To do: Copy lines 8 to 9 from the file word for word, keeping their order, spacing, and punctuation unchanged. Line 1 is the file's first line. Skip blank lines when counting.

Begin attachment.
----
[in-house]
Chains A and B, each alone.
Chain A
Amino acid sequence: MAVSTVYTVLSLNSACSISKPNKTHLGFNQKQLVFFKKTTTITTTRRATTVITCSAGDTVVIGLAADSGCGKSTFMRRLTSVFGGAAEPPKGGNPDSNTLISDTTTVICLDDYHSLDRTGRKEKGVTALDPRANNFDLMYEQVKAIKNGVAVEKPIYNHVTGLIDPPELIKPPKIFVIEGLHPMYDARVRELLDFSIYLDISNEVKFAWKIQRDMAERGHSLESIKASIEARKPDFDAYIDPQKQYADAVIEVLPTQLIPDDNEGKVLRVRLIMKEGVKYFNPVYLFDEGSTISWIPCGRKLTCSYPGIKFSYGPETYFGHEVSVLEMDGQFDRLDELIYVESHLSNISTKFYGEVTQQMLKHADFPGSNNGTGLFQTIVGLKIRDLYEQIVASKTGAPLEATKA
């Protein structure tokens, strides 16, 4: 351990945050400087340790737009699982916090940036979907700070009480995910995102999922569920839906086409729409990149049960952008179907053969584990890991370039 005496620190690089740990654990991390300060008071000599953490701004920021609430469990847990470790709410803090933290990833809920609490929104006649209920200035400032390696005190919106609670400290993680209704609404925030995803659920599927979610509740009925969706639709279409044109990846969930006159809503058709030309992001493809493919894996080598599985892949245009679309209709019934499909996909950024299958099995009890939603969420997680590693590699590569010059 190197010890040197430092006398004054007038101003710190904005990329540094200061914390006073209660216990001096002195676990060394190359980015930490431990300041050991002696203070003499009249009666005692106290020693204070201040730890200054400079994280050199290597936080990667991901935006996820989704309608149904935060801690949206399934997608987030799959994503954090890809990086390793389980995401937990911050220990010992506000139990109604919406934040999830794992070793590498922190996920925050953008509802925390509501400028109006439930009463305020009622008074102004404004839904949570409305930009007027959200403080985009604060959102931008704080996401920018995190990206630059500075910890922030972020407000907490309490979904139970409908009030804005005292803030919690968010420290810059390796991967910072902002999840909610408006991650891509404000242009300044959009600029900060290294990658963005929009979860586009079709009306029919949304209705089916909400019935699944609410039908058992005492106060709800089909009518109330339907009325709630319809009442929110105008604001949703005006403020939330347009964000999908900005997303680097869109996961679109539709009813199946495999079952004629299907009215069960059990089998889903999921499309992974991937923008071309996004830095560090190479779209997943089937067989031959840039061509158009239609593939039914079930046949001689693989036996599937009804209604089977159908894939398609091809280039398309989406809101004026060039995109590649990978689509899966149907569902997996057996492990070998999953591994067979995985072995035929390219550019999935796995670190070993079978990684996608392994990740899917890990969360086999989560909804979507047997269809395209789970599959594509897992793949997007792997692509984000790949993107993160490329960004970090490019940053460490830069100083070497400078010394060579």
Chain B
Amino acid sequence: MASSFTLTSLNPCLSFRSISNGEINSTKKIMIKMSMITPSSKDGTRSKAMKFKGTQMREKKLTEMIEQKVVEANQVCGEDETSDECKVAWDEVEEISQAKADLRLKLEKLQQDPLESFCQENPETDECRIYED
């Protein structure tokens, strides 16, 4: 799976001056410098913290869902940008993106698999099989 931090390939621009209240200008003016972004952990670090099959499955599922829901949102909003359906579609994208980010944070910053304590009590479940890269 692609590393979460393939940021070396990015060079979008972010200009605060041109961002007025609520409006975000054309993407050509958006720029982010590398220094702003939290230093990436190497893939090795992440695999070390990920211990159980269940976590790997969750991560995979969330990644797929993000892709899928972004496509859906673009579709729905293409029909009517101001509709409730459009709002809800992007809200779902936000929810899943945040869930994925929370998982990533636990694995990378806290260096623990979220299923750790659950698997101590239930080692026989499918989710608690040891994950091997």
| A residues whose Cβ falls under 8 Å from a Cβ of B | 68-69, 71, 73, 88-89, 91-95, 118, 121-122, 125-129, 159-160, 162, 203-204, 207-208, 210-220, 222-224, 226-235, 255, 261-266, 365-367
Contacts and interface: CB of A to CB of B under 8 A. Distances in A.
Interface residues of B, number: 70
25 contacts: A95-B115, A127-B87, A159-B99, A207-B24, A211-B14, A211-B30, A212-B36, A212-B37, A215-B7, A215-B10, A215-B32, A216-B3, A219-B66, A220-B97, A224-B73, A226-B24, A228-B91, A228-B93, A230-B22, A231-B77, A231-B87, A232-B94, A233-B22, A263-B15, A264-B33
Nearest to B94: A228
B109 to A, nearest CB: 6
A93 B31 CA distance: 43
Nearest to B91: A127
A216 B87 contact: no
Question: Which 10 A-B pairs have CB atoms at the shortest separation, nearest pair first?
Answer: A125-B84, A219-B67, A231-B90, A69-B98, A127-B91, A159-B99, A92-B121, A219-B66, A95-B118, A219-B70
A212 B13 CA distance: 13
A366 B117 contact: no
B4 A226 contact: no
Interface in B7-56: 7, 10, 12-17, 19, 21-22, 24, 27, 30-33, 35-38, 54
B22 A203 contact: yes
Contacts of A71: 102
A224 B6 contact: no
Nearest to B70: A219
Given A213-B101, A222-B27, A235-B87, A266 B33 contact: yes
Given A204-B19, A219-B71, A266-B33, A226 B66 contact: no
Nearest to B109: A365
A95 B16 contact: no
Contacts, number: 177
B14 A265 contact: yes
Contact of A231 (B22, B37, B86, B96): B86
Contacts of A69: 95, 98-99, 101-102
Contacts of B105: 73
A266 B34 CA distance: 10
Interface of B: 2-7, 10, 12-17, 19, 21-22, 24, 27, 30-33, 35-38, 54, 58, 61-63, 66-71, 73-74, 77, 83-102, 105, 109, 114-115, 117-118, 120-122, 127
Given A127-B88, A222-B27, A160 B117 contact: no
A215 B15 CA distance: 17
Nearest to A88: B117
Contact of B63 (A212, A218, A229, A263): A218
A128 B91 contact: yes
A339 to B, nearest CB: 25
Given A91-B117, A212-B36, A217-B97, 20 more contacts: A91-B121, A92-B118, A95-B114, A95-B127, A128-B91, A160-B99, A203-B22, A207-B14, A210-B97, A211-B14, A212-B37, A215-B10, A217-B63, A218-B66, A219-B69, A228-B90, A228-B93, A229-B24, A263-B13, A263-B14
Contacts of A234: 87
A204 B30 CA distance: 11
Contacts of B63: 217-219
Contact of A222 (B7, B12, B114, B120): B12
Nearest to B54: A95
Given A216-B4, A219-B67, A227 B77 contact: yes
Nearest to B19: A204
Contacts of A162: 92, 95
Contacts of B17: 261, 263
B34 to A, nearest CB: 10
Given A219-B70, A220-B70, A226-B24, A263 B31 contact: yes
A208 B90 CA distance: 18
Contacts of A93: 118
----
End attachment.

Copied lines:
């Protein structure tokens, strides 16, 4: 799976001056410098913290869902940008993106698999099989 931090390939621009209240200008003016972004952990670090099959499955599922829901949102909003359906579609994208980010944070910053304590009590479940890269 692609590393979460393939940021070396990015060079979008972010200009605060041109961002007025609520409006975000054309993407050509958006720029982010590398220094702003939290230093990436190497893939090795992440695999070390990920211990159980269940976590790997969750991560995979969330990644797929993000892709899928972004496509859906673009579709729905293409029909009517101001509709409730459009709002809800992007809200779902936000929810899943945040869930994925929370998982990533636990694995990378806290260096623990979220299923750790659950698997101590239930080692026989499918989710608690040891994950091997």
| A residues whose Cβ falls under 8 Å from a Cβ of B | 68-69, 71, 73, 88-89, 91-95, 118, 121-122, 125-129, 159-160, 162, 203-204, 207-208, 210-220, 222-224, 226-235, 255, 261-266, 365-367